Apple Low on Diversity But High on Promise

Apple

IMG: via Apple.

This past Tuesday, Apple Inc. released its first workforce diversity report, confirming that its employees are predominantly white men. The finding is typical for companies in the Silicon Valley: Google and Twitter employees are 70% male, respectively, and Facebook is 69% male.

These diversity reports come after pressure from Reverend Jesse Jackson and the organization Rainbow PUSH for transparency about diversity in technological fields. In the wake of Apple’s report, Jackson released a press release to “personally commend [Apple Chief Executive Tim Cook] for stepping up to the plate.”

Despite Jackson’s encouraging response, Google’s 98,000-strong workforce is 61% white, 30% Asian, 3% Hispanic, and 2% black.

The lack of diversity is even more evident in management and leadership positions. Only 28% of Apple executives and managers are female, and of that number, 64% are white. The combined percentage of Hispanic and black executives is only 6%.

However, Cook admitted that Apple plans to work more to improve its diversity—including the very definition of it.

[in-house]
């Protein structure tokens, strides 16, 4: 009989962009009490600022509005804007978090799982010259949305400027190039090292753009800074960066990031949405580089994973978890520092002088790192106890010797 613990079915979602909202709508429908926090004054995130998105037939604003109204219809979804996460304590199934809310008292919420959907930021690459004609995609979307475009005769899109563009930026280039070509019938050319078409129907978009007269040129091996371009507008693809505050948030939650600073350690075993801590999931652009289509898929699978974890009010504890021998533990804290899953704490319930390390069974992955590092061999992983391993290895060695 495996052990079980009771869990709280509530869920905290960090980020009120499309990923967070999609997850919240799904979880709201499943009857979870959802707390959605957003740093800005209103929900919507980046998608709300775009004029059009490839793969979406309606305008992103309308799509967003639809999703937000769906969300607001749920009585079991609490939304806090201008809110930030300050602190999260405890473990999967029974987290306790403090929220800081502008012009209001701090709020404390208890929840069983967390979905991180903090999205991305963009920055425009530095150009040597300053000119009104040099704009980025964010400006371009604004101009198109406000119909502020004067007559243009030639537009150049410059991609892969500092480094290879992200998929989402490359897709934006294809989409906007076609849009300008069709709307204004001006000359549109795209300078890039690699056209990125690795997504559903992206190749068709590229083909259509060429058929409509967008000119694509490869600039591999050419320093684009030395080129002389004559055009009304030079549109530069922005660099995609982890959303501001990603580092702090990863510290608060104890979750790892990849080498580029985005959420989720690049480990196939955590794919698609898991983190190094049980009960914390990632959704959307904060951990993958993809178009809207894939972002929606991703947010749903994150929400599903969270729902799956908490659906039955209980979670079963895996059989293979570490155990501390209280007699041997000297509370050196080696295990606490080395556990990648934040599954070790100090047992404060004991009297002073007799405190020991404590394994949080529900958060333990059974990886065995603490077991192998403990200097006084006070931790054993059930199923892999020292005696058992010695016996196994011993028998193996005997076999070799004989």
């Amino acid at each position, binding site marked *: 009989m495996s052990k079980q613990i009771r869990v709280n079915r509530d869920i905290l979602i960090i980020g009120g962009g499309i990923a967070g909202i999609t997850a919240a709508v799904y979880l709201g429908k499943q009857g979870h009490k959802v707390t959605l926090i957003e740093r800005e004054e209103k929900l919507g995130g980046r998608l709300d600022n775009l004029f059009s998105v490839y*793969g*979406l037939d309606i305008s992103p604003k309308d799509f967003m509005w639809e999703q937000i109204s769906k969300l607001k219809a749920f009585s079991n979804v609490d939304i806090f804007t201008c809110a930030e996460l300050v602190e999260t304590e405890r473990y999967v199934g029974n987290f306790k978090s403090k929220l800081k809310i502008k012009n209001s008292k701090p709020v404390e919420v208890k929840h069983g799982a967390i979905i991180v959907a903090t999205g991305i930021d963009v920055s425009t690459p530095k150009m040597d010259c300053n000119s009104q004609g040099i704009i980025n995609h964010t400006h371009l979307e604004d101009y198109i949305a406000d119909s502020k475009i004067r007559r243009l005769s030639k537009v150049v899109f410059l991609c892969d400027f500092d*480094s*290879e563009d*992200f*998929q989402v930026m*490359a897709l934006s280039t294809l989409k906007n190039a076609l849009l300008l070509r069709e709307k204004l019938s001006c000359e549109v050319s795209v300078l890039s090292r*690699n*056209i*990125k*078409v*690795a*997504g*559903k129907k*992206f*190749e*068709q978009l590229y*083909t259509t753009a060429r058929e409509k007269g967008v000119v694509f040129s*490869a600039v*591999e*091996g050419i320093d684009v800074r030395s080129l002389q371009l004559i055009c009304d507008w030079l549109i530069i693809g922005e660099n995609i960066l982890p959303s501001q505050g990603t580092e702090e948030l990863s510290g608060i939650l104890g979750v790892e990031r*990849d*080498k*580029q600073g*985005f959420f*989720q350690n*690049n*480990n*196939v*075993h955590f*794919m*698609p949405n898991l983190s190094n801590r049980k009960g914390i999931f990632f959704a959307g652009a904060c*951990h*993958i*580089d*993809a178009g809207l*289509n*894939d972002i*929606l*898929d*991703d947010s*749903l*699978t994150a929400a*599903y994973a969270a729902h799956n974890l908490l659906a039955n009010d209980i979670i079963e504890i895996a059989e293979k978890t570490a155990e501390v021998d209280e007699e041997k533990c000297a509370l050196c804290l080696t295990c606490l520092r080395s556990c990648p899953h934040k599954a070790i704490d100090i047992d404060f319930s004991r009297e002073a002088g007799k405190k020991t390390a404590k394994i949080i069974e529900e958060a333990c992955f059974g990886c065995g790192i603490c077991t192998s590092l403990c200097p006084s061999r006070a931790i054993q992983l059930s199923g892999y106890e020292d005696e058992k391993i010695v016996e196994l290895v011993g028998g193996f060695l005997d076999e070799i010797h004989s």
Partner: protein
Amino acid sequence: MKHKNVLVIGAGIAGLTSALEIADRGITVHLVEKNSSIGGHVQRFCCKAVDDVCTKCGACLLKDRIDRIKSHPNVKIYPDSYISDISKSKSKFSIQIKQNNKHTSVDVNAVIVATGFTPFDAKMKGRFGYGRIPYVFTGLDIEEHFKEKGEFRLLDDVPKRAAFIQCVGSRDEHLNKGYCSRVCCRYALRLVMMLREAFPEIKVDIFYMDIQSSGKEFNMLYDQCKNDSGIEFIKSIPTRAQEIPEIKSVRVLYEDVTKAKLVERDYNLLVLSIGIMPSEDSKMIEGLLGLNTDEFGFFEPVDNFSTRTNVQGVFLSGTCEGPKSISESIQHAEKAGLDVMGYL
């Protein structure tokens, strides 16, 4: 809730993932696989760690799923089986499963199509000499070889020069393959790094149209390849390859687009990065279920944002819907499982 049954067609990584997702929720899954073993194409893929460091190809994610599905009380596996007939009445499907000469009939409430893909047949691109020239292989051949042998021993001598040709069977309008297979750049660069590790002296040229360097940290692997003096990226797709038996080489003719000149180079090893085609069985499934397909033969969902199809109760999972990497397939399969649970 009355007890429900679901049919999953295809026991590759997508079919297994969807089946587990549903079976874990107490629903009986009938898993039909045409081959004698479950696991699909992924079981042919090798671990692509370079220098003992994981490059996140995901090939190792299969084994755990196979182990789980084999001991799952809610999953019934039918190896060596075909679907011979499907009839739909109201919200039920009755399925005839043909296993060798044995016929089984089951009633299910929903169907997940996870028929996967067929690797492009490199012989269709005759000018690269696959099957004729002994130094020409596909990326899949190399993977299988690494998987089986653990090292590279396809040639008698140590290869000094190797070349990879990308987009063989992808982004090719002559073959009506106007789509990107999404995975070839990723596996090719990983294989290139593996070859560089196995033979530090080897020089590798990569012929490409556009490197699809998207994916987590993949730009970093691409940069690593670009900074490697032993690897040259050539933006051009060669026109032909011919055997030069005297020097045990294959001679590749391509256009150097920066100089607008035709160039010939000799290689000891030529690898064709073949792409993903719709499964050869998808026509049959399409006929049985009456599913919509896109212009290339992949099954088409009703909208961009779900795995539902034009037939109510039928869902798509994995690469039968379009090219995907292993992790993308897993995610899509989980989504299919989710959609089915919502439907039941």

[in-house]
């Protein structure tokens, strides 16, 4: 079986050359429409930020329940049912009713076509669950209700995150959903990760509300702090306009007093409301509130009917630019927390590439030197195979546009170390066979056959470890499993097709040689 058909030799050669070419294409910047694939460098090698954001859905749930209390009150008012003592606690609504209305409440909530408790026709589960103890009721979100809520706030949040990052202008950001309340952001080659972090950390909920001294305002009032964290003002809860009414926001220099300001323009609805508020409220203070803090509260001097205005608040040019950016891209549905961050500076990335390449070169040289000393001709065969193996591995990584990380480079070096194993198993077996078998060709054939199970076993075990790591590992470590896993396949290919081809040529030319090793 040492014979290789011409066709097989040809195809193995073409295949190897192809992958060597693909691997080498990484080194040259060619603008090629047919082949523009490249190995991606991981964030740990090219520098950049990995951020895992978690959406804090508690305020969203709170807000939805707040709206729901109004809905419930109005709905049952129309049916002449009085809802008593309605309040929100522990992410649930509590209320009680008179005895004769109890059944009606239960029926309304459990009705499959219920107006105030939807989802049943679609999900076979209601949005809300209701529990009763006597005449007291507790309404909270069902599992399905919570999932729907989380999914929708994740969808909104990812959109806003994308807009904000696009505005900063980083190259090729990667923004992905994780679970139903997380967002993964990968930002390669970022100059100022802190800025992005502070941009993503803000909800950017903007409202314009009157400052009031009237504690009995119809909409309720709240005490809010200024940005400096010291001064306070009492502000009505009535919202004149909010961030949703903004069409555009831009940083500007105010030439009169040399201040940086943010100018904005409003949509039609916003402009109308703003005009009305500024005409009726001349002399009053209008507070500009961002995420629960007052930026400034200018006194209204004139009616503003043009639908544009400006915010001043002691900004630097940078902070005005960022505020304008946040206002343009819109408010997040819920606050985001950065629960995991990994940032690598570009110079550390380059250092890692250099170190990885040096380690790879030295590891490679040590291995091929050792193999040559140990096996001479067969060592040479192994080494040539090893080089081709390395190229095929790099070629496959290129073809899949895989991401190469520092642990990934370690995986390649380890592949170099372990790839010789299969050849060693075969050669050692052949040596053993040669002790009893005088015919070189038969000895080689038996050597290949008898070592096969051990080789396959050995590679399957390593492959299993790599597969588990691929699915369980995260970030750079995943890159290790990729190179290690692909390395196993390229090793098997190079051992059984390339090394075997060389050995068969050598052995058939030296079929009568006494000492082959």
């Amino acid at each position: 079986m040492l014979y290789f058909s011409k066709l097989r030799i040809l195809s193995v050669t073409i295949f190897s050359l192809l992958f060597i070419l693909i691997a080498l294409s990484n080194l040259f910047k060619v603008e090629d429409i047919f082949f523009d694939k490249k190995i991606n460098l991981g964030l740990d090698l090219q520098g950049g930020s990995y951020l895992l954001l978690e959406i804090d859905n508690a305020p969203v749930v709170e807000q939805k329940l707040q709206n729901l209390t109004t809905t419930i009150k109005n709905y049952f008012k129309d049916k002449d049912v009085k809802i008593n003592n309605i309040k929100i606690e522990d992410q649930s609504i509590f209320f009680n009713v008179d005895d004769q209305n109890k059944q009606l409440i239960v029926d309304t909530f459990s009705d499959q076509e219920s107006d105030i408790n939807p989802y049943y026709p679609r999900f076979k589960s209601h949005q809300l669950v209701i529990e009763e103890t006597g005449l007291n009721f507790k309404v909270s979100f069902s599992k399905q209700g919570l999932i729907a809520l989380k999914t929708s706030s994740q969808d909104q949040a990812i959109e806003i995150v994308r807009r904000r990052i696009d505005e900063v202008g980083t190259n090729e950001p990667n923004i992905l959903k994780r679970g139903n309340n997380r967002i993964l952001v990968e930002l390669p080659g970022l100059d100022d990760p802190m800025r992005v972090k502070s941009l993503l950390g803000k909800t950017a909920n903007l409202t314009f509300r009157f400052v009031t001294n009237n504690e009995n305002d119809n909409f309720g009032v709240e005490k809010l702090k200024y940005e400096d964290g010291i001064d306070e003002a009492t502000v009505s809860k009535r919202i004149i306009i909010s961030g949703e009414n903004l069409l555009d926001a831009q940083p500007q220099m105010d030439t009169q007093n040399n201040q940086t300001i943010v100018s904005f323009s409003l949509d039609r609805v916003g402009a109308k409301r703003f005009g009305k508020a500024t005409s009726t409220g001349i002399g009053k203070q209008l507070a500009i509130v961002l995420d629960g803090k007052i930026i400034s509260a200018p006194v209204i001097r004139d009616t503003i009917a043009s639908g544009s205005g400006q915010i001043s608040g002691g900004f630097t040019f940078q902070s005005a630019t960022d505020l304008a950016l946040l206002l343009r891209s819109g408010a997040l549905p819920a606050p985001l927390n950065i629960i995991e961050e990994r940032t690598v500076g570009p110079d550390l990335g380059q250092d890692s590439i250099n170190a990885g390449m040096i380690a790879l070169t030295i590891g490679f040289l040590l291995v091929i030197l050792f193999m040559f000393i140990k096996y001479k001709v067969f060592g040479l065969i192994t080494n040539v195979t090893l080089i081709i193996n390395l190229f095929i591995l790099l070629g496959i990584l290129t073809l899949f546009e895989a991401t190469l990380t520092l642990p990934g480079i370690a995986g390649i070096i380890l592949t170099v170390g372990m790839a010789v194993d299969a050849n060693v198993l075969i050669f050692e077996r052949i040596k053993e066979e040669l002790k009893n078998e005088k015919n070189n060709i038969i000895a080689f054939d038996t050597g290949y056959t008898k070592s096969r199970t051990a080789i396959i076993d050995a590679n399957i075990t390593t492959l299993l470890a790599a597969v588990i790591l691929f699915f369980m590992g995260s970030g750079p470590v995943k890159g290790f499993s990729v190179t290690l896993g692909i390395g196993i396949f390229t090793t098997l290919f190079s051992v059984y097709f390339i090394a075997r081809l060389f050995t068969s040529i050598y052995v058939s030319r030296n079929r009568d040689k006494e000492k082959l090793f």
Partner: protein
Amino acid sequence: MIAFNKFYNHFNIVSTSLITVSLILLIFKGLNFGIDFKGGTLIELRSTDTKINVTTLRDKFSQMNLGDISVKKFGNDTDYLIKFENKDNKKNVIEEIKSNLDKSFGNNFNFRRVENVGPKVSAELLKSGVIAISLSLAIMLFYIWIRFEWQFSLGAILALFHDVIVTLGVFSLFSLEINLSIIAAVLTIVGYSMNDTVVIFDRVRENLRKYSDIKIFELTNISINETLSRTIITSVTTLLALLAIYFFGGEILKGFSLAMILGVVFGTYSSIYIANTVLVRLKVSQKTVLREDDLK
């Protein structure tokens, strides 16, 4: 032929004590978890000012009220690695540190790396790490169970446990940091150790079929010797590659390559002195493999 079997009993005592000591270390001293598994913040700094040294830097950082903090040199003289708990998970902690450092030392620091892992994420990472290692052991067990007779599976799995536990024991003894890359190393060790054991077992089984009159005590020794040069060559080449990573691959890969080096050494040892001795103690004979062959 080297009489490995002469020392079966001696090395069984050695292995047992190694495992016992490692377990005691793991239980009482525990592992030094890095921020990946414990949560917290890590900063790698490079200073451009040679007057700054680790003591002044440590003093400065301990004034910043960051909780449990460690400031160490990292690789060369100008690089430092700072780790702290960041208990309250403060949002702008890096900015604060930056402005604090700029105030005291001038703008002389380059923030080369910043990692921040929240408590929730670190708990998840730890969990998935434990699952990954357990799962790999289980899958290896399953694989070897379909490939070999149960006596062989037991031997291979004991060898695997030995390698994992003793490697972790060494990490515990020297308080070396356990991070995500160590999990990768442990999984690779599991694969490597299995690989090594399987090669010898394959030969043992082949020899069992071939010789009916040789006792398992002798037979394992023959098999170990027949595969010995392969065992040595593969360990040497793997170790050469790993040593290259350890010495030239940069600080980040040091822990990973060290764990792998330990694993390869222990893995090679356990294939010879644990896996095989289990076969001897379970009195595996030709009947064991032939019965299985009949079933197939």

“Our definition of diversity goes far beyond the traditional categories of race, gender and ethnicity,” he wrote in an address at the end of the report. “It includes personal qualities that usually go unmeasured, like sexual orientation, veteran status, and disabilities. Who we are, where we come from, and what we’ve experienced influence the way we perceive issues and solve problems. We believe in celebrating that diversity and investing in it.

“We’re committed to being as innovative in advancing diversity as we are in developing our products,” he concluded.

Apple also promotes diversity in the workplace by allowing employees to march in San Francisco’s Pride Parade and with company-wide support of the Employment Nondiscrimination Act. In addition, Apple’s retail operations are currently overseen by Angela Ahrendts, and its human resources department is headed by Densie Young-Smith. Sue Wagner has also been recently added to the board of directors.

How these initiatives will continue to promote diversity in the workplace, both for Apple and other technology companies, remains to be seen.

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